Lockheed Martin’s F-35 fighter jet program is not spiraling out of control as President-elect Donald Trump has said, according to Pentagon officials preparing to making their case to the new administration.
Critics of the Pentagon’s most expensive weapons system ignore progress that has been made since the program was reset in 2011, when it was six years behind schedule and $13 billion over budget, Lt. Gen. Christopher Bogdan, who heads the agency responsible for developing and acquiring the fighter jet, told reporters Monday.
“This program is not out of control,” Bogdan said. “Since 2011, we have basically been on schedule. Since 2011, we have basically been on budget.”
Trump has assailed the F-35’s costs on Twitter and at rallies in recent days as he vows to change the Defense Department’s business practices.
“The F-35 program and cost is out of control,” Trump wrote last week on Twitter. “Billions of dollars can and will be saved on military (and other) purchases after January 20th,” or Inauguration Day.
Even as he defended the program, Bogdan revealed a new, if minor, delay for Lockheed’s marquee jet during a briefing updating the F-35’s status.
He said the Pentagon has directed the program office to plan for development flight testing to end as late as May 2018 instead of the planned September 2017 completion date because of software delays and other issues. Bogdan said he estimates flight testing will end in February 2018. The F-35 is being built by Lockheed Martin in Fort Worth.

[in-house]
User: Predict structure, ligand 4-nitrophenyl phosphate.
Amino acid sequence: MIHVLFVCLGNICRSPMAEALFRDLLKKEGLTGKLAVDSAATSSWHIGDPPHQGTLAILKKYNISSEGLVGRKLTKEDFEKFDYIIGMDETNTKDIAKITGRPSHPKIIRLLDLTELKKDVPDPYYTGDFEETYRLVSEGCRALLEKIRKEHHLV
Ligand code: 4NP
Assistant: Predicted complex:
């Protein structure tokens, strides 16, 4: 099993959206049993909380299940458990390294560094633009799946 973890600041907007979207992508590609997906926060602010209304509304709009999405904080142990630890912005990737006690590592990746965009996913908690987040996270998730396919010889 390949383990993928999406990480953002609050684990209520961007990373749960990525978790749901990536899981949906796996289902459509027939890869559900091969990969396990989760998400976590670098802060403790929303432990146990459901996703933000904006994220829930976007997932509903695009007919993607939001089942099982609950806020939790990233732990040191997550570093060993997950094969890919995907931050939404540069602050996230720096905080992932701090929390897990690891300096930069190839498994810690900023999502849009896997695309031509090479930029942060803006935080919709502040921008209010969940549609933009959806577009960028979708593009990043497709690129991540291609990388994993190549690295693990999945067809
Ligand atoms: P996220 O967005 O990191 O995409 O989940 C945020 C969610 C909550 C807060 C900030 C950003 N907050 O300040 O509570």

In addition to criticizing the F-35, Trump has put Boeing on notice that it must cut costs for the next version of Air Force One. And he has vowed to “impose a lifetime ban on people that give these massive contracts out, or even small contracts” from going to work for defense contractors.
Although defense companies stand to benefit from a huge increase in military spending promised by Trump, they are also emblematic of the Washington establishment that he railed against during the presidential campaign. The Defense Department plans to spend more than $14 billion annually for almost a decade on the F-35, and “with a history of overruns and delays, it’s the most obvious target,” said Richard Aboulafia, a defense analyst with Teal Group.
The $379 billion F-35, known as the Joint Strike Fighter, is the first jet created to serve the vastly different combat missions of the Air Force, Navy and Marines, and it has been plagued by technical malfunctions.
The Pentagon’s top weapons tester, Michael Gilmore, has warned officials in at least four memos since August that the F-35’s development should be extended past next year because of continued deficiencies to its combat systems, weapons accuracy and air-to-ground gun.
Two of the three services have declared their versions of the F-35 as having initial combat capability as development winds down and Lockheed prepares to boost production rates at its sprawling complex in west Fort Worth.